Everyone has an opinion and when it comes to women’s bodies, it seems that far too many people have far too narrow an idea about what’s beautiful and healthy. This year, Sports Illustrated gave body-positive folks something to cheer about, by putting not one but three vibrant, healthy women on the cover of Sports Illustrated Swimsuit 2016. Not surprisingly, the sultry plus-size model Ashley Graham caught flak for her curves, but thankfully the model is also healthily thick-skinned.
Graham, a size 16, was criticized by 1970s supermodel Cheryl Tiegs in March after news of her big SI cover broke. “Her face is beautiful, beautiful,” said Tiegs. “But I don’t think it’s healthy in the long run.” Tiegs quickly backtracked when body-positive fans of Graham reacted to her comments — her opinions but not really any of her business. “My sincere apologies to everyone I have hurt. I truly just want everyone to be healthy & happy,” Tiegs tweeted.
Well then, how about allowing people to be happy with the body they’re in, rather than attempting to live up to an unattainable ideal that is only achieved through the extreme use of Photoshop or by adopting an eating disorder?
Luckily for Graham, she’s as tough as she is gracious. The model blew off Tiegs’ comments, but not before noting the larger problem: body shaming.
“Cheryl Tiegs may have said what she said, and it may have hurt a lot of people’s feelings, but my skin is so thick,” said Graham. “I kind of rolled my eyes. I was like, ‘Oh, whatever, another one of these ladies.’ But what’s great is that, the fact that she said it, it means that other women think like her. And what that means is that we really need to change the industry.”
Graham is right. Some models go to dangerous lengths to maintain an unhealthy weight. In 2013, fashion model Bria Murphy, Eddie Murphy’s daughter, told Good Morning America that some models go so far as to eat cotton balls to stay skinny. “I’ve heard of people eating the cotton balls with the orange juice… they dip it in the orange juice and then they eat the cotton balls to help them feel full, because the cotton’s not doing anything. It’s just dissolving. And it makes you think you’re full, but you’re not.”
While I’m not implying that Tiegs is one of those models who would advocate eating cotton balls instead of actual food, something needs to change. It’s attitudes like Tiegs’ that prompt such life-threatening behavior on the part of models.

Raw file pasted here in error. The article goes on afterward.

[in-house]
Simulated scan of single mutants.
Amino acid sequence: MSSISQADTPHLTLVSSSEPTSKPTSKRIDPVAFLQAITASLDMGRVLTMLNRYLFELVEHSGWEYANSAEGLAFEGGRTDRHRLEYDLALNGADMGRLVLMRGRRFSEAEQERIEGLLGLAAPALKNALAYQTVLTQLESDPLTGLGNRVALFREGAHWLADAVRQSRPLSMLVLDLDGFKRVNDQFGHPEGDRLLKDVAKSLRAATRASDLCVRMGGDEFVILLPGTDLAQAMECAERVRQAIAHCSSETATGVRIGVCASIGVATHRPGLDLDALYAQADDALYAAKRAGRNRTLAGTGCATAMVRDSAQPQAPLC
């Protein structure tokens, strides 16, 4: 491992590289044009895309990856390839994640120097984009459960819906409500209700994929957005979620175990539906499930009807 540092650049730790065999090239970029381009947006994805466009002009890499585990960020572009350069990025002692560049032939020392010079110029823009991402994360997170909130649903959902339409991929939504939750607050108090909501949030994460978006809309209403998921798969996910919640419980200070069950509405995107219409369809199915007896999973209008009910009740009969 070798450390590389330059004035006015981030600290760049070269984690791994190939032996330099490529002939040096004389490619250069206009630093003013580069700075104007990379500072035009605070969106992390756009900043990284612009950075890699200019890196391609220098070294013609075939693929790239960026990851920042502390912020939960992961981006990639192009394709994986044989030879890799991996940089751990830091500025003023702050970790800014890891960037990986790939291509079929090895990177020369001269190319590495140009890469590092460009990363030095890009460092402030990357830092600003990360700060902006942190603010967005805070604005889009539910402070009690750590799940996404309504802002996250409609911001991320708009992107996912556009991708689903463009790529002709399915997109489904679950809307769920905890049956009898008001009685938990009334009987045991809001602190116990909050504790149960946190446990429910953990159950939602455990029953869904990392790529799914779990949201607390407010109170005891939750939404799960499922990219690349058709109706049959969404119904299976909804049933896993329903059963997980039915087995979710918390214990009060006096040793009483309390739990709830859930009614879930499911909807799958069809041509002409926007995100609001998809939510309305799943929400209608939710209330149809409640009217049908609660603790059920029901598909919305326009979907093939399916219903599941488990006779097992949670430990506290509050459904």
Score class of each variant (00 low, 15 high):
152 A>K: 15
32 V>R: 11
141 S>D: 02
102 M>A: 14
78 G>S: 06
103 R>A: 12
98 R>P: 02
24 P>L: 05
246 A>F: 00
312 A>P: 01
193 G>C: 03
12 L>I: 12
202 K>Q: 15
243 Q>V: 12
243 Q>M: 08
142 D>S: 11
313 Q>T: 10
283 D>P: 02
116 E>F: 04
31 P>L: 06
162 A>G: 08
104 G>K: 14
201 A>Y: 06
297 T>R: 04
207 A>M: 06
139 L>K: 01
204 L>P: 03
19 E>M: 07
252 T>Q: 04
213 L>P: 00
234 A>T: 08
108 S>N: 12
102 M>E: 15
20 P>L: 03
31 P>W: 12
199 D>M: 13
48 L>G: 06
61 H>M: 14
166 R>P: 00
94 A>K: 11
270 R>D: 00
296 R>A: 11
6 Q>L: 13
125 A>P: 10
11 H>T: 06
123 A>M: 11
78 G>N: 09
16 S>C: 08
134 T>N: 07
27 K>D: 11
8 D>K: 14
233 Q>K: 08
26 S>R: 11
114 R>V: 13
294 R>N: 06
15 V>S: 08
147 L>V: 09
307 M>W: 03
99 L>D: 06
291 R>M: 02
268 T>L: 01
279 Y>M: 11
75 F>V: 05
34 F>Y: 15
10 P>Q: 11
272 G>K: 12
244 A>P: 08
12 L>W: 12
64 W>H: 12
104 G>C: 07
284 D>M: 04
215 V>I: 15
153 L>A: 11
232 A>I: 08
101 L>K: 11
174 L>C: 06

Thankfully, the industry is changing, however slowly. Not only is Sports Illustrated helping to change public perception of beauty, but France has cracked down on fashion labels that employ models who are “excessively thin.” The government is leaving it to doctors to determine what’s healthy based on the individual model’s body type, which is admirable. The new legislation also requires that digitally-altered images be labeled as “touched up.” Spain, Italy and Israel have adopted similar laws.
Graham joined model Hailey Clauson and UFC martial arts champ Ronda Rousey as a Sports Illustrated cover model this year. “All three women are beautiful, sexy and strong,” said Assistant Managing Editor MJ Day. “Beauty is not cookie-cutter. Beauty is not ‘one size fits all.’ Beauty is all around us and that became especially obvious to me while shooting and editing this year’s issue.”
As Graham herself said, “Too many people think they can look at a girl my size and say that we are unhealthy. You can’t. Only my doctor can.”
Preach sister! It’s high time we throw conventional beauty out and embrace beauty in all its forms and sizes. It’s refreshing to see such iconic institutions as SI stepping up and taking a stand against the belief that “healthy” only comes in a size 2.
Megan Winkler is an author, historian, Neurosculpting® meditation coach, certified nutritional consultant and DIY diva. When she’s not writing or teaching a class, Megan can be found in the water, on a yoga mat, learning a new instrument or singing karaoke. Her passion for a healthy mind-body-spirit relationship motivates her to explore all the natural world has to offer.